the irregular shape of the plot for the asp model is very surprising: it has
many peaks and valleys of high amplitude, which have no obvious interpretation.

This is so surprising that we will name it the camel plot. There is
however a natural explanation of this shape, which comes from specific
properties of the exploration.

**Several sources**

Until now, we have restricted ourselves to explorations using only one
source. However, in practical cases, one generally uses several, but few,
sources. We investigate here how this may influence the quality of the view we obtain.
Again, we only concentrate on the ratio of the total number of discovered
links, which previous remarks have shown to be essential.

Figure 4 shows the evolution of this ratio when the number of sources is
increasing. Let us first consider the two topmost plots, which correspond to
the cases where we use all the possible destinations. As expected, the quality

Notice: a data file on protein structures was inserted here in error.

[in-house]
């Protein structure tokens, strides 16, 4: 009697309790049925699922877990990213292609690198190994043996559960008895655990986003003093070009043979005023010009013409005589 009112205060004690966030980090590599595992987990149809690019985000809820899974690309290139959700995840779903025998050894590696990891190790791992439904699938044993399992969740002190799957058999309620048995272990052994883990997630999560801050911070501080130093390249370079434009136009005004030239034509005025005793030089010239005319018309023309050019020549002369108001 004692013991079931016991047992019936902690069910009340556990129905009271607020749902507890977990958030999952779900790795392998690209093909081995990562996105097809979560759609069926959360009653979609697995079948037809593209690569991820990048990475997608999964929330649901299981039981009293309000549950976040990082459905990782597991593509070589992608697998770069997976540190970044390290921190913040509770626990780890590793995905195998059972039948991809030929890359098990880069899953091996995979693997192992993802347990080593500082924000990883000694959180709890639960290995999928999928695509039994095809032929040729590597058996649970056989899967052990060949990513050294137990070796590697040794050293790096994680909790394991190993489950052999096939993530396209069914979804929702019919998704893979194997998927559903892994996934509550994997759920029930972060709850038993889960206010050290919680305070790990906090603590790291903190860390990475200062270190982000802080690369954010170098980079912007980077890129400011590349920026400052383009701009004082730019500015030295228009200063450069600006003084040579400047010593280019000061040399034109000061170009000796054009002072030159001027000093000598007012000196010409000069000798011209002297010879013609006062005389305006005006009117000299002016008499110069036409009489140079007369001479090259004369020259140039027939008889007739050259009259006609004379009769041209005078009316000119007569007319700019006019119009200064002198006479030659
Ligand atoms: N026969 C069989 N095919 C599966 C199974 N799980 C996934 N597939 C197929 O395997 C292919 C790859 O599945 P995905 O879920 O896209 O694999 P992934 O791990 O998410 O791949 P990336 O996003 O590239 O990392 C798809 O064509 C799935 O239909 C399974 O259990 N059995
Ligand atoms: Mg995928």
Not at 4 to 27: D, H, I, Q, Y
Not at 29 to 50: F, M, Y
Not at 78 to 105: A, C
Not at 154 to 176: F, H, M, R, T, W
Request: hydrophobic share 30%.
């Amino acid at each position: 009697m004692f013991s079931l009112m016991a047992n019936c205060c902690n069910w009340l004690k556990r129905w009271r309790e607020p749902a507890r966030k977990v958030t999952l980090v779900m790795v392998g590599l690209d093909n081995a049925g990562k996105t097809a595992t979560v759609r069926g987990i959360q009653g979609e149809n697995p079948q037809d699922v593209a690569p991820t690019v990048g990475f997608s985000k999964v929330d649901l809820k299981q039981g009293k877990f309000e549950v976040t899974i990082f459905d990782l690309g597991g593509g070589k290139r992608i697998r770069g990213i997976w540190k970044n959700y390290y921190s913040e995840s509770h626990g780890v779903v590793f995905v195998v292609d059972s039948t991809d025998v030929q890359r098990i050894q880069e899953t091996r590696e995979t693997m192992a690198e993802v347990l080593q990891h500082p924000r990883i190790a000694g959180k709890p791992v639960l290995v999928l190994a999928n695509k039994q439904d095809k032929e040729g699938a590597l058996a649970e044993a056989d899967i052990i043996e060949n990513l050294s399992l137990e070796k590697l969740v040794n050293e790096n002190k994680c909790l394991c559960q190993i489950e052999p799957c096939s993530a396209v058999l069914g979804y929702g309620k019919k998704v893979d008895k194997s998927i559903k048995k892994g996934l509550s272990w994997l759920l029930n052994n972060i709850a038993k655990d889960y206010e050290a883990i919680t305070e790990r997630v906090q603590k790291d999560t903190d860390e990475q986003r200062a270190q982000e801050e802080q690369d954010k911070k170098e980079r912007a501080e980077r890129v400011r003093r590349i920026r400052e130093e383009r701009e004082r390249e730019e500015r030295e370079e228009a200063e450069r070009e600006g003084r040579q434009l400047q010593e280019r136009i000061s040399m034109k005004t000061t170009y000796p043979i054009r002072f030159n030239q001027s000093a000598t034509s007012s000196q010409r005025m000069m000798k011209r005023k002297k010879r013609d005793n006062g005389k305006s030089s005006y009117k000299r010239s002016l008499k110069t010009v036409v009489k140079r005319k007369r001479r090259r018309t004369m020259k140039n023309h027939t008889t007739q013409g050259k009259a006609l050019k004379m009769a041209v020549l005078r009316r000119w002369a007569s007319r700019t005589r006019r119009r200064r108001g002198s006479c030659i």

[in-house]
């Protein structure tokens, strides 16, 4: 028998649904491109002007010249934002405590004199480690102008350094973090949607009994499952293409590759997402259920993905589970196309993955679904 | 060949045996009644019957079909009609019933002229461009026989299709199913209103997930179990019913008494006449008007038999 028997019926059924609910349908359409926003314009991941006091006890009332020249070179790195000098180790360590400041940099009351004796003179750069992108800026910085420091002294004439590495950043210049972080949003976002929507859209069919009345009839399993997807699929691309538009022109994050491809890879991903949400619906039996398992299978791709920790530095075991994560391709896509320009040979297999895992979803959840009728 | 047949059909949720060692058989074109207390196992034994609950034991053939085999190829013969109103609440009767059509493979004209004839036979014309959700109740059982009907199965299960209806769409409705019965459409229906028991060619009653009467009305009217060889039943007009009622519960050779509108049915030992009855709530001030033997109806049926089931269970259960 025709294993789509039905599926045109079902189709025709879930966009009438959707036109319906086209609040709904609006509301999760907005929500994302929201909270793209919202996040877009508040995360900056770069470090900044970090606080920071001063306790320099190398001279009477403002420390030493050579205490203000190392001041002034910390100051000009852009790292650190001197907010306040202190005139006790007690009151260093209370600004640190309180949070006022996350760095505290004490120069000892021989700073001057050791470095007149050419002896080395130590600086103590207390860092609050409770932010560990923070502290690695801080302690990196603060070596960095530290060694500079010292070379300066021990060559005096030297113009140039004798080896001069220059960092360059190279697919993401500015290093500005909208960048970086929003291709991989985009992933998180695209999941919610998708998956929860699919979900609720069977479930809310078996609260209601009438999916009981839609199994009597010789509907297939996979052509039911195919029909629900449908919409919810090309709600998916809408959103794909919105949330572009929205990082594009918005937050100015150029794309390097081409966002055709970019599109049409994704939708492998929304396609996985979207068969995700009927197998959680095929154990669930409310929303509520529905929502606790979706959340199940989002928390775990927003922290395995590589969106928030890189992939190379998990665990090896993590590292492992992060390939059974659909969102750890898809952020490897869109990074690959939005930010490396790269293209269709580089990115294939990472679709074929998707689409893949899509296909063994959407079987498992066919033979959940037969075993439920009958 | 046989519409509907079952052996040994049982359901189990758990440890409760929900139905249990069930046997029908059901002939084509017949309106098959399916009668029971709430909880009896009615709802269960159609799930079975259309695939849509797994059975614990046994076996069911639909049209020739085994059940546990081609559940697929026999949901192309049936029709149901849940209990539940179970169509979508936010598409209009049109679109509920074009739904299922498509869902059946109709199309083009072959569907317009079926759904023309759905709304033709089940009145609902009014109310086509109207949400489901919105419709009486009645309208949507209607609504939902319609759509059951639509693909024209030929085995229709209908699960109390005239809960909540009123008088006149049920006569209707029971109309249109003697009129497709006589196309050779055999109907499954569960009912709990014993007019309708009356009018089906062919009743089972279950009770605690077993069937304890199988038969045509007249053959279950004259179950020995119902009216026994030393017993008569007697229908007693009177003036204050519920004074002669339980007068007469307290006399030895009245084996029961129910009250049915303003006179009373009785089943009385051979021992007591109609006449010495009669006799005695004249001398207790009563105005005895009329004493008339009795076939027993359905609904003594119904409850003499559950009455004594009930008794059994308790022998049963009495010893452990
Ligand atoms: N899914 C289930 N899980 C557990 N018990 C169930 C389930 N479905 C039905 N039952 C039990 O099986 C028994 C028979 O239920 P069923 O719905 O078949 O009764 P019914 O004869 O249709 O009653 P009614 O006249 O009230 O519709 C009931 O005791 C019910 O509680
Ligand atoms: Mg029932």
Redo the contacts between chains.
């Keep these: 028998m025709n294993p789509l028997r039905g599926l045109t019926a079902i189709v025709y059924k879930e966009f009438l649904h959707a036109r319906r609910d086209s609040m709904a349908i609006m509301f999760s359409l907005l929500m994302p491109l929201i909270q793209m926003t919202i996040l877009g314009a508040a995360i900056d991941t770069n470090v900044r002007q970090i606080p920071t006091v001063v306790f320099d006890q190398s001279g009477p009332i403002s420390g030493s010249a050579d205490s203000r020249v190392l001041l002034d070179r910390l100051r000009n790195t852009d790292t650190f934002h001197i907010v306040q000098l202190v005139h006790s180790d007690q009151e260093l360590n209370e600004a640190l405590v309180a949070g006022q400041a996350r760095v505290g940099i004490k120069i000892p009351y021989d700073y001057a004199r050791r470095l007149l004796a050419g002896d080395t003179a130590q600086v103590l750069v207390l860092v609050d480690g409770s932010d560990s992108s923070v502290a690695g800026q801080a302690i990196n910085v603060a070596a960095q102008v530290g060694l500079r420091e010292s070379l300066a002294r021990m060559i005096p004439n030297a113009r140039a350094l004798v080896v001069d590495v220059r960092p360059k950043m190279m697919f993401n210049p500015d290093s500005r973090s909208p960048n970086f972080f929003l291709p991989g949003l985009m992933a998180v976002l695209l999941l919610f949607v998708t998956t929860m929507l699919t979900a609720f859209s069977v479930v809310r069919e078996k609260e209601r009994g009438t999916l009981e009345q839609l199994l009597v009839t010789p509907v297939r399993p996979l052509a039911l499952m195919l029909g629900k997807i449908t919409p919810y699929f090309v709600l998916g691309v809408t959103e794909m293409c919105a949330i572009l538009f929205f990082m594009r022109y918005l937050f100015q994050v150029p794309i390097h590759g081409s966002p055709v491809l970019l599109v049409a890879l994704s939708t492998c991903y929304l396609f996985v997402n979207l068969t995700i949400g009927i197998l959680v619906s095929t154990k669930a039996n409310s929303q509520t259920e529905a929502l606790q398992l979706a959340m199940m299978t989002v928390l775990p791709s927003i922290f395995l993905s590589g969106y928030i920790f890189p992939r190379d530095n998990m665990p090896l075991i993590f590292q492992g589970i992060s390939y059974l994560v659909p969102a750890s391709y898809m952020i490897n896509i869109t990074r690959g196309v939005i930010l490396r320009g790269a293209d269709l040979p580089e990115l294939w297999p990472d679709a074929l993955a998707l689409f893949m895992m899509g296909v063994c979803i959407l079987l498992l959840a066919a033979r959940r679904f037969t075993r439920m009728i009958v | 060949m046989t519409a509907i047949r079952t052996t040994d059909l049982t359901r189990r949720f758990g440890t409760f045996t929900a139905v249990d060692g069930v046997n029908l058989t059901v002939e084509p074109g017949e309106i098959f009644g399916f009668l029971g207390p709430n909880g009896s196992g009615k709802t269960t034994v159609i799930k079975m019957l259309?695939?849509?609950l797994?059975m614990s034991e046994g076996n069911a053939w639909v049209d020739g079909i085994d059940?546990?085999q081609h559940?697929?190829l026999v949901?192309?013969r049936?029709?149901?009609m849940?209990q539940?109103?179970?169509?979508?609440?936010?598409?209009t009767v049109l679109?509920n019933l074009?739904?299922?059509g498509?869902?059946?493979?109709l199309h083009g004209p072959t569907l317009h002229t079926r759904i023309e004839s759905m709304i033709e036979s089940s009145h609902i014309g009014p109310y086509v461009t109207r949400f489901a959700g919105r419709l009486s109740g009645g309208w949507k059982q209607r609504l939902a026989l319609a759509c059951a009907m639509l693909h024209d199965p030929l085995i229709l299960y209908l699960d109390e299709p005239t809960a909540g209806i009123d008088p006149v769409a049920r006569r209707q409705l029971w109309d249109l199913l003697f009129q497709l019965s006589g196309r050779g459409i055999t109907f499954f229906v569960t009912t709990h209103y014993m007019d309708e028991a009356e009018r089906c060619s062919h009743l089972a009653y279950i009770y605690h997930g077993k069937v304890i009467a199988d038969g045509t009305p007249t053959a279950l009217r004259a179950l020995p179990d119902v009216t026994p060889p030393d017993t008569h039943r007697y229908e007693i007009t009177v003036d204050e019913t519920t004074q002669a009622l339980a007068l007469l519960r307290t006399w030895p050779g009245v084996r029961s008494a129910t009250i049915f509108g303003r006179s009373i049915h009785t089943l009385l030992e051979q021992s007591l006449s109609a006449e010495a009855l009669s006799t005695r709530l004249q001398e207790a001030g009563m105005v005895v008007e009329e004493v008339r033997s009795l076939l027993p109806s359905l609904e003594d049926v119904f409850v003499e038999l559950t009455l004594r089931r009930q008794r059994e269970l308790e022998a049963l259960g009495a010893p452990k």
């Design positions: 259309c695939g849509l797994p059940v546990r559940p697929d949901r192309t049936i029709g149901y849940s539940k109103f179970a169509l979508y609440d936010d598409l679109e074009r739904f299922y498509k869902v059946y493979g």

of the view grows rapidly with the number of sources, and one may even be
surprised by the rapidity of this growth. Despite our model of Internet
exploration is very rough; one may consider this plot as good news since it
indicates that one does not need many sources to obtain accurate views of the
network. This is important since it is very difficult (and never done) to use
many sources in practice.

**Conclusion**

In this communication, we considered the simplest
possible question concerning the quality of a network view obtained by an
exploration of a real network: the amount of the total number of nodes and
links we obtain. Making natural variations on the way we model the Internet
exploration, we show that this amount varies a lot and is very difficult to estimate.

**References**- R. Albert and A.-L. Barab´asi. Emergence of scaling in random networks. Science, 286:509–

512, 1999.

- R. Albert and A.-L. Barab´asi. Statistical mechanics of complex networks. Reviews of

Modern Physics 74, 47, 2002.

- R. Albert, H. Jeong, and A.-L. Barab´asi. Diameter of the world wide web. Nature, 401:130–

131, 1999.

- R. Albert, H. Jeong, and A.-L. Barab´asi. Error and attack tolerance in complex networks.

Nature, 406:378–382, 2000.